So, as I’m on a yoga mat wincing and contracting and generally trying to find my breath with this banged up body, it dawned on me: this hurts—even though it makes me feel weak or somehow inadequate to admit it.
Trauma is also the denial of our own pain. Trauma is constantly adjusting to survive. Trauma is a global pandemic. And, again, it’s not the parts we can see that are concerning me this morning. Yes, it’s the body count on the news. Yes, it’s the fear and uncertainty. Yes, it’s income loss. Yes, it’s the health care workers collapsing in overwhelm. But, you know where else it is living?
It is in the people who didn’t get sick. It’s in the people who kept their jobs. It’s in the children who left school on a Thursday, and have had to live their lives not touching, not exploring, not thriving with groups their own age. The guilt and shame compounding one on top of the other.
We stayed “well enough” while people we knew, some of whom we loved, lost their lives with no one at their bedsides. We didn’t get to say goodbye. We attended funerals through Zoom calls. (I will never get over this.) We’ve left food and supplies on the doorsteps of family and friends—without being able to see them, to hug them. (I will never forget this.)
Just as I was dually fighting my mind and my body, trying to strain a split on my yoga mat, the collective (humanity) is doing the same.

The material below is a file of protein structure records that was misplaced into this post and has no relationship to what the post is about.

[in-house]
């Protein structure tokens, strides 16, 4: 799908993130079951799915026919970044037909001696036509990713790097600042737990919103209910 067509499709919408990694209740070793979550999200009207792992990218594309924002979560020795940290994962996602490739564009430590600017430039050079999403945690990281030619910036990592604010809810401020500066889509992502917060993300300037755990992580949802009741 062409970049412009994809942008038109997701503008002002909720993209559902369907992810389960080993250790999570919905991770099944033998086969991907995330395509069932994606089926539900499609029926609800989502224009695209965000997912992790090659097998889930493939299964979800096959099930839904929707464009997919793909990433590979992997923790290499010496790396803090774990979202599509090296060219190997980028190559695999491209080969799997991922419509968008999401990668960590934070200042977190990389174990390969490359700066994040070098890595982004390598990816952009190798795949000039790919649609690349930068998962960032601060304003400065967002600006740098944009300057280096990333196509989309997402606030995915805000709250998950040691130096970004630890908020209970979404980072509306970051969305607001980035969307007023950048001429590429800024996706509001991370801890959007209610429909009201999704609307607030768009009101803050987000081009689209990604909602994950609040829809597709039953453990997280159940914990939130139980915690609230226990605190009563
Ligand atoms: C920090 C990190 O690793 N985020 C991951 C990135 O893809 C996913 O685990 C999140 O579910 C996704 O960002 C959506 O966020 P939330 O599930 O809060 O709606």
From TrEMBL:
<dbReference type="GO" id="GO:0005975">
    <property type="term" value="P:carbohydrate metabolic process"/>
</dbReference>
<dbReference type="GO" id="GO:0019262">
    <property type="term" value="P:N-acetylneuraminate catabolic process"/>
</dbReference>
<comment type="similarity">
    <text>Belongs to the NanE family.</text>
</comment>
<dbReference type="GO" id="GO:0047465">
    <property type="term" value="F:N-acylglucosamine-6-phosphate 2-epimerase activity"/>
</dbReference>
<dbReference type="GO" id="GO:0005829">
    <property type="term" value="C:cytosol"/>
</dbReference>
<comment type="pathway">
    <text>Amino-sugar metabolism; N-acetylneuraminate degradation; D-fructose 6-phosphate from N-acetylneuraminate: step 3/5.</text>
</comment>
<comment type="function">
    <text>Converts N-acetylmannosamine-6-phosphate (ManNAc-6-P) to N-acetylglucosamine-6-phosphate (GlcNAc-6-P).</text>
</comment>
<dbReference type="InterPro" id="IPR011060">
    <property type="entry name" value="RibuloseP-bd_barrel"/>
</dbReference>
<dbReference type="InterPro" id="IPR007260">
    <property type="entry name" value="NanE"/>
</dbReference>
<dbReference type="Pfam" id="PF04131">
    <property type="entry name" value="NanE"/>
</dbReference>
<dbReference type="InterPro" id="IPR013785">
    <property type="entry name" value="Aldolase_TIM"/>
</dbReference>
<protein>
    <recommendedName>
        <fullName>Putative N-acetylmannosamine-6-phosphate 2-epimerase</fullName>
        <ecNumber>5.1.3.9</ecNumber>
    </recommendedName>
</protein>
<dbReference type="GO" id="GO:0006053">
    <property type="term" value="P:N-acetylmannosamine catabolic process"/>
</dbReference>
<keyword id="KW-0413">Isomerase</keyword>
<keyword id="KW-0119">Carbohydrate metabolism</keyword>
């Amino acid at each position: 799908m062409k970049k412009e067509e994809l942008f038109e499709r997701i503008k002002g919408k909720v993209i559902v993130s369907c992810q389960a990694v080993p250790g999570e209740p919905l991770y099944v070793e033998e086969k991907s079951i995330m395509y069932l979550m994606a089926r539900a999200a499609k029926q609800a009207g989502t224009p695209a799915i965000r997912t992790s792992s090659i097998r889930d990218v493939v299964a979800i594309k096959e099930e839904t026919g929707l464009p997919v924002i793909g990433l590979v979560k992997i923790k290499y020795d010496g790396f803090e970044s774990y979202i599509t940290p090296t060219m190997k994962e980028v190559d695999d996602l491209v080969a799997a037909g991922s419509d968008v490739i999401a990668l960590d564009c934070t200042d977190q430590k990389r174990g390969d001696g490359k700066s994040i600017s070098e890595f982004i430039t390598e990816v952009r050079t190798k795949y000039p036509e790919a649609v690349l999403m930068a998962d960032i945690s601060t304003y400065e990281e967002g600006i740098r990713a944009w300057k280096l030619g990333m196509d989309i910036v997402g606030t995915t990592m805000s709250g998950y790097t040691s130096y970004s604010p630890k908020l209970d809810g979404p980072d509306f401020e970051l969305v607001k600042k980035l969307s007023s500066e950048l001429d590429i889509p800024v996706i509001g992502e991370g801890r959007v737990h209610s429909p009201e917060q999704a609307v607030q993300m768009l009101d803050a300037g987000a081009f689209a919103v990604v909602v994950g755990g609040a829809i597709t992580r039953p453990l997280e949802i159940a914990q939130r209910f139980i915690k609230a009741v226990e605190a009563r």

We know it will get better. We know it takes patience. We know it could be worse.
I think that announcing gratitude for all we’ve maintained, for all we’ve overcome, has great value—but only if we stop feeling ashamed for how much this has hurt. All of us. We’ve denied that it hurts, that we hurt, because who are we to complain if we still have a job? Who are we to complain if we didn’t have to be attached to a ventilator this year?
“The kids are fine.”
I despise this mentality: “Yeah, maybe they’re a little lackluster (and they’ve learned to cry quietly at night like the adults because they have zero control over what is happening around them) but, “Hey! I saw them laugh at that TikTok, so everything is just fine.”
How do we stop denying what hurts?
How am I going to heal this trauma in my body from a car accident?